“The biggest problem is that the form is wrong,” Macktaz said.
District Court Judge William C. Clifton last Thursday agreed and suppressed the breath-test results in the case of Mark Zimmerman. Pawtucket police accused Zimmerman, 36, of driving under the influence at 1:37 a.m. on Feb. 1. Court records indicate Zimmerman’s blood-alcohol content was .15.
“I feel as though it’s misleading not to have that provision in the rights for use at the station [form], and I also feel as though that would influence the decision on the part of someone subjecting themselves to the breathalyzer,” Clifton said according to a recording of the proceedings.
Marin, who represented Zimmerman, declined to comment on the case. Pawtucket City Solicitor Frank J. Milos Jr., who argued on behalf of the city, did not return two phone calls.
The attorney general’s office stands by the form. “It is the state’s argument that the form is sufficient as written, and we will await, with anticipation, rulings on the matter,” Amy Kempe, spokeswoman for Attorney General Peter F. Kilmartin’s office, said in an email. Kempe said the office has not reviewed Clifton’s ruling, but that it would not be binding on other judges. District Court Judges Christine S. Jabour and Pamela Woodcock-Pfeiffer, too, are expected to rule soon on the issue.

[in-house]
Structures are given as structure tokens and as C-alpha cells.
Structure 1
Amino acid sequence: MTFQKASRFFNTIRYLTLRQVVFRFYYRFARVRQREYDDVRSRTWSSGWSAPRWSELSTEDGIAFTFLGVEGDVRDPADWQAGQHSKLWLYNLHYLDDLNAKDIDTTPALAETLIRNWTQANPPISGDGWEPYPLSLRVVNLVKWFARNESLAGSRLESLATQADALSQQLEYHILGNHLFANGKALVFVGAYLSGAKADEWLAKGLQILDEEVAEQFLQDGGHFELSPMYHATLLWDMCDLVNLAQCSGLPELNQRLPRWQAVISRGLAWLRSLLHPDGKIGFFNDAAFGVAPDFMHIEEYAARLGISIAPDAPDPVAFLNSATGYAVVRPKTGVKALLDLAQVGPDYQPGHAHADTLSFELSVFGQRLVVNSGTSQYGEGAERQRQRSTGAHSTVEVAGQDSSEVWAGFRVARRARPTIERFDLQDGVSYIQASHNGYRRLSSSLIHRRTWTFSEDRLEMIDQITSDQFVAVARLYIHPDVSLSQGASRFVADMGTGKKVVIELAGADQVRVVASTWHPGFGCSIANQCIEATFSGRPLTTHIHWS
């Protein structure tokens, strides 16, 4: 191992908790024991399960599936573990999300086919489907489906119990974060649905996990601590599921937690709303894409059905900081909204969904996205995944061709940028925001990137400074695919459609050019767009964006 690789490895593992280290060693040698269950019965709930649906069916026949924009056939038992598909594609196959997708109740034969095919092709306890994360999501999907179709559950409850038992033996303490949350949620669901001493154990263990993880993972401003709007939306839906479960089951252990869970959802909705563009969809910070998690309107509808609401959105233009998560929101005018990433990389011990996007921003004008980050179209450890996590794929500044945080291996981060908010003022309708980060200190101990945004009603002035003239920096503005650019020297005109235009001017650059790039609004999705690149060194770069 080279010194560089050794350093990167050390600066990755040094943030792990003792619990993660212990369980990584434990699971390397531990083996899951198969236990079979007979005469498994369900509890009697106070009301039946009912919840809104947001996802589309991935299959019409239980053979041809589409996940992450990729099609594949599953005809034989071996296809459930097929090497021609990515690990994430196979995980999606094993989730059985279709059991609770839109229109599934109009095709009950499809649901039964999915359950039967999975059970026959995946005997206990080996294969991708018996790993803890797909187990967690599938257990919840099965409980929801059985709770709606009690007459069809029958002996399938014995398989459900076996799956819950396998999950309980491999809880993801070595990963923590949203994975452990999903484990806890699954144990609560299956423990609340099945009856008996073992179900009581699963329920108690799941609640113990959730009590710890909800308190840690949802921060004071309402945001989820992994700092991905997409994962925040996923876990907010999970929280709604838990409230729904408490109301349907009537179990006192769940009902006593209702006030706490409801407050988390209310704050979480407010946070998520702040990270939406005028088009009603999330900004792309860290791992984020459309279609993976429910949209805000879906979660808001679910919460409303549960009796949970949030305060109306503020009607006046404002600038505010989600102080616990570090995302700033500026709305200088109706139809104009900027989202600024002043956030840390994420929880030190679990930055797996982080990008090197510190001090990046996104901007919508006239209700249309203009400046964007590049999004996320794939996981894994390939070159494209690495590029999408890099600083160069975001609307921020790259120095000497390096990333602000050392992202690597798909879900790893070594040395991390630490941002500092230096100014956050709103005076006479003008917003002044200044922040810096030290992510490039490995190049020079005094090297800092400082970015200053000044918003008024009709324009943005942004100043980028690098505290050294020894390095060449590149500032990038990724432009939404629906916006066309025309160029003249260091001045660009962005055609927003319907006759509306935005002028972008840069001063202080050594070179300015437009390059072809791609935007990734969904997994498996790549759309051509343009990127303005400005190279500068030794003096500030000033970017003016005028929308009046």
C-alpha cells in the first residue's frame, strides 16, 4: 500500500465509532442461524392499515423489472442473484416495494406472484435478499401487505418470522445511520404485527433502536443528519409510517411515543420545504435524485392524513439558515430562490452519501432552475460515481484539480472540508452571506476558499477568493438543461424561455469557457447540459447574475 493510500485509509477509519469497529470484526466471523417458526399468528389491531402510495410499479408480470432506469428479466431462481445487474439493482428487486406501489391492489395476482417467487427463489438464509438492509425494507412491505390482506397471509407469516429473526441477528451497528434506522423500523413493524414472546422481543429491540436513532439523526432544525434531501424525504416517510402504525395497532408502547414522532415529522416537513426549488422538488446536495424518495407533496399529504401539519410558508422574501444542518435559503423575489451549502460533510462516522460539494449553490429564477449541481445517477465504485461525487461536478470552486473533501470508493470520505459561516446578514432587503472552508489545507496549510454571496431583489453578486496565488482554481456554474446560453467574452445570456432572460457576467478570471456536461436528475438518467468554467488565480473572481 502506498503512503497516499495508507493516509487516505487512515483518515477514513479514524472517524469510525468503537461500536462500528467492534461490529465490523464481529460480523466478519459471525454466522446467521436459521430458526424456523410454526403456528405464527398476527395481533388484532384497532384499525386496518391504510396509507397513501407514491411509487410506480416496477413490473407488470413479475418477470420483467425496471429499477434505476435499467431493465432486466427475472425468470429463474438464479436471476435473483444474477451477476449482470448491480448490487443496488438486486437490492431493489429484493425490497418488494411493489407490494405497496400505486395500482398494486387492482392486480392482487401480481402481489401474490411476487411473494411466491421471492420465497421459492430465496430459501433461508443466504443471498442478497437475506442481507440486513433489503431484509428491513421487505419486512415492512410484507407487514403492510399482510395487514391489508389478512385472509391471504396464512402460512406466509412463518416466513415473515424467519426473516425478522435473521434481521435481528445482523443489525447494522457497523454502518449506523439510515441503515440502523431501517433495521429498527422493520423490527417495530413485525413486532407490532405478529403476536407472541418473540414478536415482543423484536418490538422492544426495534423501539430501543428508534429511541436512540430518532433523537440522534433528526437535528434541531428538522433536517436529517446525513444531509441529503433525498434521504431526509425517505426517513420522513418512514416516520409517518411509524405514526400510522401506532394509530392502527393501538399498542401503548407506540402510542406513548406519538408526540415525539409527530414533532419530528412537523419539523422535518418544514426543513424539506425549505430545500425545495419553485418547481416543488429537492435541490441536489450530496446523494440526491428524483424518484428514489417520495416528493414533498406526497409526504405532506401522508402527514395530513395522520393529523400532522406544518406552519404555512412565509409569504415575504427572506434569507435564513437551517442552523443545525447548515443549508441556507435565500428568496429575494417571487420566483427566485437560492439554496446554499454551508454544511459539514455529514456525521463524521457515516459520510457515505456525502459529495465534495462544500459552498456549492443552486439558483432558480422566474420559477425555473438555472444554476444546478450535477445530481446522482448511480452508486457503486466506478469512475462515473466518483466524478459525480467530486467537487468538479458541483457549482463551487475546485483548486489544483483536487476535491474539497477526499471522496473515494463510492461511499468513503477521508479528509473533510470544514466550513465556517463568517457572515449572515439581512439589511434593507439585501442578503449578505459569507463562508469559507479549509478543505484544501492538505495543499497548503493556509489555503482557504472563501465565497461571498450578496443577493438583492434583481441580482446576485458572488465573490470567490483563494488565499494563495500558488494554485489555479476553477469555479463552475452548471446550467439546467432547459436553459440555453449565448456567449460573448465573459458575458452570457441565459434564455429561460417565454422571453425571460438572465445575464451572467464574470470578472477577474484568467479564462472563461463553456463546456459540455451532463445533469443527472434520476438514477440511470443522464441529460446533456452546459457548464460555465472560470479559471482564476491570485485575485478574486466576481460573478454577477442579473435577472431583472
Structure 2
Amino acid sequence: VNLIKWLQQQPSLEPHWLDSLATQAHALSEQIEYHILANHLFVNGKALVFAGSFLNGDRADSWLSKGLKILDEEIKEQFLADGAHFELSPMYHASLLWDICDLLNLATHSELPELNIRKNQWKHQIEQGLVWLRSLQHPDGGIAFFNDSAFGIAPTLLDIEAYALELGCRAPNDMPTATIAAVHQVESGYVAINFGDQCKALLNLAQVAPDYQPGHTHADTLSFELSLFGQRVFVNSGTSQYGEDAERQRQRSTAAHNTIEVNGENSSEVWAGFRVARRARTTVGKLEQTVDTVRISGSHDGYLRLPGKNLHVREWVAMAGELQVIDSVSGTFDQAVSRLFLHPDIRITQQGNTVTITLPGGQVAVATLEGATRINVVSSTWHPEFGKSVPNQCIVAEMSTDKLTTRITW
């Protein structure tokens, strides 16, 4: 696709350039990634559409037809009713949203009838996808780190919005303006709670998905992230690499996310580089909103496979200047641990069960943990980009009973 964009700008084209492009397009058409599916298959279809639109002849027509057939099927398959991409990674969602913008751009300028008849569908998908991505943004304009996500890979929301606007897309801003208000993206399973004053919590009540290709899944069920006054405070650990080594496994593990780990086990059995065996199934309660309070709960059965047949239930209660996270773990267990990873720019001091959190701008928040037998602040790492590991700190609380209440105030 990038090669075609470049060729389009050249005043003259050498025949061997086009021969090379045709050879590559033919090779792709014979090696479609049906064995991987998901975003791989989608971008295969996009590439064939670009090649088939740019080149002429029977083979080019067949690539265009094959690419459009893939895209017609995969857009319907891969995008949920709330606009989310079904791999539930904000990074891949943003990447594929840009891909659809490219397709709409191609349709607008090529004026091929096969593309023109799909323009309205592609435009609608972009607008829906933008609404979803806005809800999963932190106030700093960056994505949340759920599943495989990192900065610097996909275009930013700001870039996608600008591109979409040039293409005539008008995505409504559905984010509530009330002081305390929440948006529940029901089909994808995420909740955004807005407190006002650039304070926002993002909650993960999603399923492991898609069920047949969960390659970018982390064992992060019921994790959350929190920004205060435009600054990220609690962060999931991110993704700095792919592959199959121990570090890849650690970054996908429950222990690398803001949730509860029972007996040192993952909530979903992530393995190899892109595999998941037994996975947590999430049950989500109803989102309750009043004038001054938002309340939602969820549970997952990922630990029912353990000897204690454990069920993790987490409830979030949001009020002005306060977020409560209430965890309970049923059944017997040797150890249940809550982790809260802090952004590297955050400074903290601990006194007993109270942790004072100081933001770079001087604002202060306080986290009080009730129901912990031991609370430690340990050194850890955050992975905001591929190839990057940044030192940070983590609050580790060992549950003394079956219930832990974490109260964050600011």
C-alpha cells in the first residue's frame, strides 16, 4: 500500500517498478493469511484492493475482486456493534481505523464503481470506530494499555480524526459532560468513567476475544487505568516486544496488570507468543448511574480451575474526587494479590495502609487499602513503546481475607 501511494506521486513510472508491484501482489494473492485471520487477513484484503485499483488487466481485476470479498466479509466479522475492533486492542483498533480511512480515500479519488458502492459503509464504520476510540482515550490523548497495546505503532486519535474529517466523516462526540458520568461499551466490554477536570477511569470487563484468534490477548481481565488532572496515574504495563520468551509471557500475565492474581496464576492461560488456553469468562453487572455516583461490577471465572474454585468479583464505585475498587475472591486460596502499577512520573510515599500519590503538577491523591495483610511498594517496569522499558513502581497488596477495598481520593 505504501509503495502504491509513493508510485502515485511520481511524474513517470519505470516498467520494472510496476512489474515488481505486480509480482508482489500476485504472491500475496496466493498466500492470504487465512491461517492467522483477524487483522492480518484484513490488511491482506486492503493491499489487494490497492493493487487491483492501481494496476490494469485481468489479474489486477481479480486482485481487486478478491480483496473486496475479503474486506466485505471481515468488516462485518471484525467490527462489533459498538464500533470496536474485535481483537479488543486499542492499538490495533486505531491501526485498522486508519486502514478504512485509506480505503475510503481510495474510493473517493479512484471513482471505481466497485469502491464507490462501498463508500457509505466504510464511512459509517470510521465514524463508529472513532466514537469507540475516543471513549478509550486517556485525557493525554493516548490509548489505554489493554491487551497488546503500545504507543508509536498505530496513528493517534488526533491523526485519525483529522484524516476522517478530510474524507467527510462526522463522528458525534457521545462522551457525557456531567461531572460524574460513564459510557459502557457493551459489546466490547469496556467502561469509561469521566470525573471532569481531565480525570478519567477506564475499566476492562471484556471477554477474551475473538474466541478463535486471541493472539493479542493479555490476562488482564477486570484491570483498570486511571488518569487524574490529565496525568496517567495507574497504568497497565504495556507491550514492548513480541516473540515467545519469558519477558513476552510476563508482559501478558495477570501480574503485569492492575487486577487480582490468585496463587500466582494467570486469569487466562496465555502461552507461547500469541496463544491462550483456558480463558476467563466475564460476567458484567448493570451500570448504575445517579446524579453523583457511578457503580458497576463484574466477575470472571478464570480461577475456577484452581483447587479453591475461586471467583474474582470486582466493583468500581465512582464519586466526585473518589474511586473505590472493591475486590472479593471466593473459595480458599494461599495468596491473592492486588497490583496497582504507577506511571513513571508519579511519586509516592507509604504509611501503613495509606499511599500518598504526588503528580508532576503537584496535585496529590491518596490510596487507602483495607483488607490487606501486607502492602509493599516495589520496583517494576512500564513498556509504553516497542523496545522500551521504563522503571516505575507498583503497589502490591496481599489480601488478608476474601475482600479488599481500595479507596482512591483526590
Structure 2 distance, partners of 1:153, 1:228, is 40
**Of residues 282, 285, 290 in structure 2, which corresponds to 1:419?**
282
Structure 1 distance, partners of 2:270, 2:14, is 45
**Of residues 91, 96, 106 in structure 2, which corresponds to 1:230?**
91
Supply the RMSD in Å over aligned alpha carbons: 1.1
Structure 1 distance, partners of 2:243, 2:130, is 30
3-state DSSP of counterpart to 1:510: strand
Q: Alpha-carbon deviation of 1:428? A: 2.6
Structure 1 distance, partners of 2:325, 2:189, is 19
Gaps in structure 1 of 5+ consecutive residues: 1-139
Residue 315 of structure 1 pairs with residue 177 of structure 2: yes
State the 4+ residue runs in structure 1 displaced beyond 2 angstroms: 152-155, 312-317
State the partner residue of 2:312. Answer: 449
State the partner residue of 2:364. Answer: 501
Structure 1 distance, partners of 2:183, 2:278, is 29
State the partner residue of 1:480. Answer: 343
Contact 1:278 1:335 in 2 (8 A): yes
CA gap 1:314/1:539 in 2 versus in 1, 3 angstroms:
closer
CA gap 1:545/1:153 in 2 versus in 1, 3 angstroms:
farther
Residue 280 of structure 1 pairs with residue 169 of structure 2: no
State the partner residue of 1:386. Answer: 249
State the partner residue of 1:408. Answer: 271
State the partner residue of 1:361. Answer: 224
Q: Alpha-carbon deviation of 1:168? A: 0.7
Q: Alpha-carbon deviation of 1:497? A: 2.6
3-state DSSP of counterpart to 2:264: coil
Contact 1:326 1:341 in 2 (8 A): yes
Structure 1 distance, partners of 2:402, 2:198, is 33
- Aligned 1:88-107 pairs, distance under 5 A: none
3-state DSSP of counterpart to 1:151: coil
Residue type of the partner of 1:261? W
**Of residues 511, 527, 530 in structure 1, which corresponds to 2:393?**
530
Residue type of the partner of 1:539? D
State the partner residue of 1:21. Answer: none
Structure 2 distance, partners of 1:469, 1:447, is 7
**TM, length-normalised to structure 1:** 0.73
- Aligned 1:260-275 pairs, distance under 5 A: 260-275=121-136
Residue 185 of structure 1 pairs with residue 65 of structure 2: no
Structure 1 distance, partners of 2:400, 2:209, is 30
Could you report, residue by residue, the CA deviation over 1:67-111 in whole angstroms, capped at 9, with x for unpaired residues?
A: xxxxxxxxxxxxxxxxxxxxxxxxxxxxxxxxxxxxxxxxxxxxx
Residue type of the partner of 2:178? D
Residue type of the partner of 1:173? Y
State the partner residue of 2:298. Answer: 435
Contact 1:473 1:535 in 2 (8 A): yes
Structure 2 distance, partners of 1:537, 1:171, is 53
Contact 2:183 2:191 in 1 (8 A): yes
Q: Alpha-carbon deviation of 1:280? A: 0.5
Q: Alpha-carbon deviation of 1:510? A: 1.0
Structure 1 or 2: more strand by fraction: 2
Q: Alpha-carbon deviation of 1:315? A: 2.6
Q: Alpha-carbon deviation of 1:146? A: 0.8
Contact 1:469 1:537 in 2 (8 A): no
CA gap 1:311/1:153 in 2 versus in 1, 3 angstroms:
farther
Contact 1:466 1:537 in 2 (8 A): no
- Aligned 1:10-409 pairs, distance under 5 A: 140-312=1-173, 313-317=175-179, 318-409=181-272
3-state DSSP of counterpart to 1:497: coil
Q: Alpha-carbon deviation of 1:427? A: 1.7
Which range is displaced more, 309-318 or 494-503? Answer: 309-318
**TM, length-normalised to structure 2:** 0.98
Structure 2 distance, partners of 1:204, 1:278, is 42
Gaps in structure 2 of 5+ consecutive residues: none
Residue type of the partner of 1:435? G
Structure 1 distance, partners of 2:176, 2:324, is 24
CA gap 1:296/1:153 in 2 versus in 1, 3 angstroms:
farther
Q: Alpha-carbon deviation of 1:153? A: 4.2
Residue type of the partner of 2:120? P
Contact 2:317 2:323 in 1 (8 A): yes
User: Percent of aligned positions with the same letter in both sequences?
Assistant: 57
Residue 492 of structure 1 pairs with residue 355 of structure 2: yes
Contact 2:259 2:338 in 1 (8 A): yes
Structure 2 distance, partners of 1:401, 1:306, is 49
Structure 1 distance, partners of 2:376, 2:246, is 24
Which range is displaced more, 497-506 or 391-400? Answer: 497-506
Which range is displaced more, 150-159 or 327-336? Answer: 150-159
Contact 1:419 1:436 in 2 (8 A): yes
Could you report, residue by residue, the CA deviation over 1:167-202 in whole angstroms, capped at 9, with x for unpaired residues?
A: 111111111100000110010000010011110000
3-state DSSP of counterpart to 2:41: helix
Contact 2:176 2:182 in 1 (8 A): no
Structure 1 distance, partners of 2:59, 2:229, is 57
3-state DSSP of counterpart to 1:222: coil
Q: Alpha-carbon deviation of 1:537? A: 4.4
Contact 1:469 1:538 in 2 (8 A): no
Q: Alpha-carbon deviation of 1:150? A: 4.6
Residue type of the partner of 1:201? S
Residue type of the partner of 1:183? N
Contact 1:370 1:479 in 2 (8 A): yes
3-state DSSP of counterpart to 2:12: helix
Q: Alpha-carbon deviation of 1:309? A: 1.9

State lawmakers last year approved significant changes to driving-under-the- influence laws. As of Jan. 1, a judge or magistrate may grant a person convicted of drunken driving or refusing a chemical test for the first time a conditional “hardship” license to drive to and from work during the license suspension. That license would be valid for 12 hours a day and granted only in conjunction with an ignition interlock device, essentially a test that prevents a driver from starting a car if alcohol is detected on the breath.
Also, lawmakers gave judges and magistrates the flexibility to impose sentences that combine license suspensions with requiring an ignition interlock device. This means a person convicted of driving under the influence could face a license suspension of as few as 30 days and be required to use an ignition interlock device for three months to a year. A person convicted of refusal would face a license suspension of a minimum of 30 days along with the imposition of an ignition interlock system for six months to two years.